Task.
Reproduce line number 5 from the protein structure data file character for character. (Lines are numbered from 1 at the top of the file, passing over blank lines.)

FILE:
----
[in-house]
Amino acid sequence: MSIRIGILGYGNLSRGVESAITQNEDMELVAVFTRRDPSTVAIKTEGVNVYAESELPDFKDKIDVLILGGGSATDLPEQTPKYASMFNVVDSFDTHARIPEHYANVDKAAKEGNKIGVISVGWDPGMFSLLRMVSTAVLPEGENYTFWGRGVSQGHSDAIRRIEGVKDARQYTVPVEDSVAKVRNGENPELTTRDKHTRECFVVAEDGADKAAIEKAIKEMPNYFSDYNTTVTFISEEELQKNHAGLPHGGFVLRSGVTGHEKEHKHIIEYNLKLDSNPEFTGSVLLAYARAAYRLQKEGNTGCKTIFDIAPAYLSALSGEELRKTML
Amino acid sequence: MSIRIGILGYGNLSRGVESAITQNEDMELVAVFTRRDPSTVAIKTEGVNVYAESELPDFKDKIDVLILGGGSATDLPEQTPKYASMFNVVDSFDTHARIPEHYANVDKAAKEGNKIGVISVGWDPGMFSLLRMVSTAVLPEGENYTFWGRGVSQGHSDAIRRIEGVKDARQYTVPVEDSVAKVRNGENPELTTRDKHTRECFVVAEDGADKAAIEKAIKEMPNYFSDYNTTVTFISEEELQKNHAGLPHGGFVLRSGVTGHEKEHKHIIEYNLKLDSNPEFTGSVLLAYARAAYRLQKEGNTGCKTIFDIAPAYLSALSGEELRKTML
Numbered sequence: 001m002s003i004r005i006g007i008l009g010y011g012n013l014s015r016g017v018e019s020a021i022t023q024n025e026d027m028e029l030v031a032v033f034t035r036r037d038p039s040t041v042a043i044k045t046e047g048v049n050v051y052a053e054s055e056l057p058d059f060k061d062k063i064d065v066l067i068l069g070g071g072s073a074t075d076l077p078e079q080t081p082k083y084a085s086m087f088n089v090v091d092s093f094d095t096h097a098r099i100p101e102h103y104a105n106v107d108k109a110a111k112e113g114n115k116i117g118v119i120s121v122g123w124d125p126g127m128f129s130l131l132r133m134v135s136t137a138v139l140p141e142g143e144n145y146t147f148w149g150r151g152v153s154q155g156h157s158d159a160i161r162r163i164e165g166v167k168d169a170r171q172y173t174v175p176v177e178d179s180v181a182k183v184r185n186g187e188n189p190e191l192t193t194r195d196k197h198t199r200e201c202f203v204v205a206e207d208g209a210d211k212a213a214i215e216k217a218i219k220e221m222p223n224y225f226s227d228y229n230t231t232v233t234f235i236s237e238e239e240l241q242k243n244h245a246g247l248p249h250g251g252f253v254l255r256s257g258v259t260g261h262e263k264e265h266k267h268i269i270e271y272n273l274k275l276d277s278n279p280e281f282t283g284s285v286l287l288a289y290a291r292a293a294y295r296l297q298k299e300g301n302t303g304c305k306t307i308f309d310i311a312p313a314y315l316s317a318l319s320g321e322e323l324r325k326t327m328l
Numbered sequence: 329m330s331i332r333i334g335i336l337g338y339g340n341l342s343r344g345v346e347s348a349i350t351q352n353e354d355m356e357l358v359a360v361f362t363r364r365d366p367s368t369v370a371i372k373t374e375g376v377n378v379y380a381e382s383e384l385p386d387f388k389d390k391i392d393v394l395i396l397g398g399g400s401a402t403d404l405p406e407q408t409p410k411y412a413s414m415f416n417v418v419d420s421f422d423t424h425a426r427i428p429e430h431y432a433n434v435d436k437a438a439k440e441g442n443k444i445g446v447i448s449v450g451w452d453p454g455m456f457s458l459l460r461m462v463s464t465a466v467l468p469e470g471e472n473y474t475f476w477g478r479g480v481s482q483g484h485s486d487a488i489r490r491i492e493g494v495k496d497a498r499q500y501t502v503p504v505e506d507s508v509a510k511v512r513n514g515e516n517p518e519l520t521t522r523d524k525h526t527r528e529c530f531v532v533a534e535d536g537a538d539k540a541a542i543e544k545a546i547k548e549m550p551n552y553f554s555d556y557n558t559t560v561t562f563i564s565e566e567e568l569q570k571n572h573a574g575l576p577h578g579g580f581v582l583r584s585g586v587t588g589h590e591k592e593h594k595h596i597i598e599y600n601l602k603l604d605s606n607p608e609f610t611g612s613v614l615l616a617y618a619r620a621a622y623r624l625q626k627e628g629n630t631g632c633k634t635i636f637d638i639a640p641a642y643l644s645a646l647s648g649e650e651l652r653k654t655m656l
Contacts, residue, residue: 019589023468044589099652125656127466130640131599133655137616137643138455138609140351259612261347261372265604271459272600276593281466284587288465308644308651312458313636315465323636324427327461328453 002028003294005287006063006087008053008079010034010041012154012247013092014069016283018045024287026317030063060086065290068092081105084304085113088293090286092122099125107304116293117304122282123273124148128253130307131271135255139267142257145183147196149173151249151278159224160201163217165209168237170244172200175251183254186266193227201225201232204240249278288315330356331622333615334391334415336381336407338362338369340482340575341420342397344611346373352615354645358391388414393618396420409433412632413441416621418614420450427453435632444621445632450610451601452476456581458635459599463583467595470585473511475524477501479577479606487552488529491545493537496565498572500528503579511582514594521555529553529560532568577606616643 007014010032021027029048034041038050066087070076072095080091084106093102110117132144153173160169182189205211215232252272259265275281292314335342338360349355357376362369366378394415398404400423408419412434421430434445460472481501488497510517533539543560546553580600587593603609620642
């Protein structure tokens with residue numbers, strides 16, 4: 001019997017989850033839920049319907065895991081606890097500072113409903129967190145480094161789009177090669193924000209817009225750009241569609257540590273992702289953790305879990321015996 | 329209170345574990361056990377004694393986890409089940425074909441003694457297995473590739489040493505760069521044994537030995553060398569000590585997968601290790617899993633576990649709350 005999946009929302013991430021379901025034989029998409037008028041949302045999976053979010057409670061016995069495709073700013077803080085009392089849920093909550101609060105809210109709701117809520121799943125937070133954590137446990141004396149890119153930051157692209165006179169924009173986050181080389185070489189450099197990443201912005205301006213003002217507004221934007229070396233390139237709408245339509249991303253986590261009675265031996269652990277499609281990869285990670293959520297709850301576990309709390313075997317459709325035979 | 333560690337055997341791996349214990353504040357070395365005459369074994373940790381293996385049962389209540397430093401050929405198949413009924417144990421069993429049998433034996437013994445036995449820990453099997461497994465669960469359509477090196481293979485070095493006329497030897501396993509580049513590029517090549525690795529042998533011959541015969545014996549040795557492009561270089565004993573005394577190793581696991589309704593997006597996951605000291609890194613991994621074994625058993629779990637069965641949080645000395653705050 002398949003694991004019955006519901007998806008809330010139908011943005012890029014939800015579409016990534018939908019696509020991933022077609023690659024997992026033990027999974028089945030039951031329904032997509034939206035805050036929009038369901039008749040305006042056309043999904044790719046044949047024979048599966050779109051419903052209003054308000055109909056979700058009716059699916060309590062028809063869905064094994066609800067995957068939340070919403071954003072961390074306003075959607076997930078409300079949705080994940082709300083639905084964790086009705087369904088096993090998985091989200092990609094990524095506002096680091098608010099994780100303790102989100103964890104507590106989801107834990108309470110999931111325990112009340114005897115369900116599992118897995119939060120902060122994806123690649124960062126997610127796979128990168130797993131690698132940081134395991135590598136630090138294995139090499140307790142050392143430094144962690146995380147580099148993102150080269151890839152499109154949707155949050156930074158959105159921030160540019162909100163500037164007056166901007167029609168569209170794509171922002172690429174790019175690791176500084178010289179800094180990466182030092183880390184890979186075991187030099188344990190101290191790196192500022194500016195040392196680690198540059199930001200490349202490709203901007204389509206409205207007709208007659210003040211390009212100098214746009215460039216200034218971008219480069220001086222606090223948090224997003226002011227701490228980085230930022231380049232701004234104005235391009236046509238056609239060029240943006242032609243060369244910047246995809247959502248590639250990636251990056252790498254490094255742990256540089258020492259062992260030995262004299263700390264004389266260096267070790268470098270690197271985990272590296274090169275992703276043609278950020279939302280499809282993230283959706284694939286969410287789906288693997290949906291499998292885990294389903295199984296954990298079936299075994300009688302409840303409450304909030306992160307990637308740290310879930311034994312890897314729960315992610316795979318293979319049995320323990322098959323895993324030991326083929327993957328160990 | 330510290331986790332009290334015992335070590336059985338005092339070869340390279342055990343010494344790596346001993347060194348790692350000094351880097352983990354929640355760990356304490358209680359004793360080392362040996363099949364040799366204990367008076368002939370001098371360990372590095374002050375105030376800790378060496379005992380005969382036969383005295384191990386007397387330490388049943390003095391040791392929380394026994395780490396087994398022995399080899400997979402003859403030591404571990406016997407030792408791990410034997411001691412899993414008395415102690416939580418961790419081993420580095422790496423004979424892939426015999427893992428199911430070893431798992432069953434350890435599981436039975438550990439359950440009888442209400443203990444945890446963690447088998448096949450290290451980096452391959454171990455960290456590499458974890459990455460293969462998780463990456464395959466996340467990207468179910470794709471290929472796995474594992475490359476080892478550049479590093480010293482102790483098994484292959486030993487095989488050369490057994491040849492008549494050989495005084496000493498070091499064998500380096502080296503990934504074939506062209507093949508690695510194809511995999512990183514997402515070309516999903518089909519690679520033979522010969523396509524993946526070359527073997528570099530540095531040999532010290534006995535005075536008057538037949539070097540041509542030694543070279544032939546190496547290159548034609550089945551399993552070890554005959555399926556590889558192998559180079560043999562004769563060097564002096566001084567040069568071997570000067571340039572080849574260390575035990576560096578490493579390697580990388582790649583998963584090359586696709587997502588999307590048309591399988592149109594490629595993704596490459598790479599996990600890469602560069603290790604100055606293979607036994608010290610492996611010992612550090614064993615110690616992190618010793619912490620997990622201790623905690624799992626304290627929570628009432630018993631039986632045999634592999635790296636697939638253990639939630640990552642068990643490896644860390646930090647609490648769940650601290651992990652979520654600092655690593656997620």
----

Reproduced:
Numbered sequence: 329m330s331i332r333i334g335i336l337g338y339g340n341l342s343r344g345v346e347s348a349i350t351q352n353e354d355m356e357l358v359a360v361f362t363r364r365d366p367s368t369v370a371i372k373t374e375g376v377n378v379y380a381e382s383e384l385p386d387f388k389d390k391i392d393v394l395i396l397g398g399g400s401a402t403d404l405p406e407q408t409p410k411y412a413s414m415f416n417v418v419d420s421f422d423t424h425a426r427i428p429e430h431y432a433n434v435d436k437a438a439k440e441g442n443k444i445g446v447i448s449v450g451w452d453p454g455m456f457s458l459l460r461m462v463s464t465a466v467l468p469e470g471e472n473y474t475f476w477g478r479g480v481s482q483g484h485s486d487a488i489r490r491i492e493g494v495k496d497a498r499q500y501t502v503p504v505e506d507s508v509a510k511v512r513n514g515e516n517p518e519l520t521t522r523d524k525h526t527r528e529c530f531v532v533a534e535d536g537a538d539k540a541a542i543e544k545a546i547k548e549m550p551n552y553f554s555d556y557n558t559t560v561t562f563i564s565e566e567e568l569q570k571n572h573a574g575l576p577h578g579g580f581v582l583r584s585g586v587t588g589h590e591k592e593h594k595h596i597i598e599y600n601l602k603l604d605s606n607p608e609f610t611g612s613v614l615l616a617y618a619r620a621a622y623r624l625q626k627e628g629n630t631g632c633k634t635i636f637d638i639a640p641a642y643l644s645a646l647s648g649e650e651l652r653k654t655m656l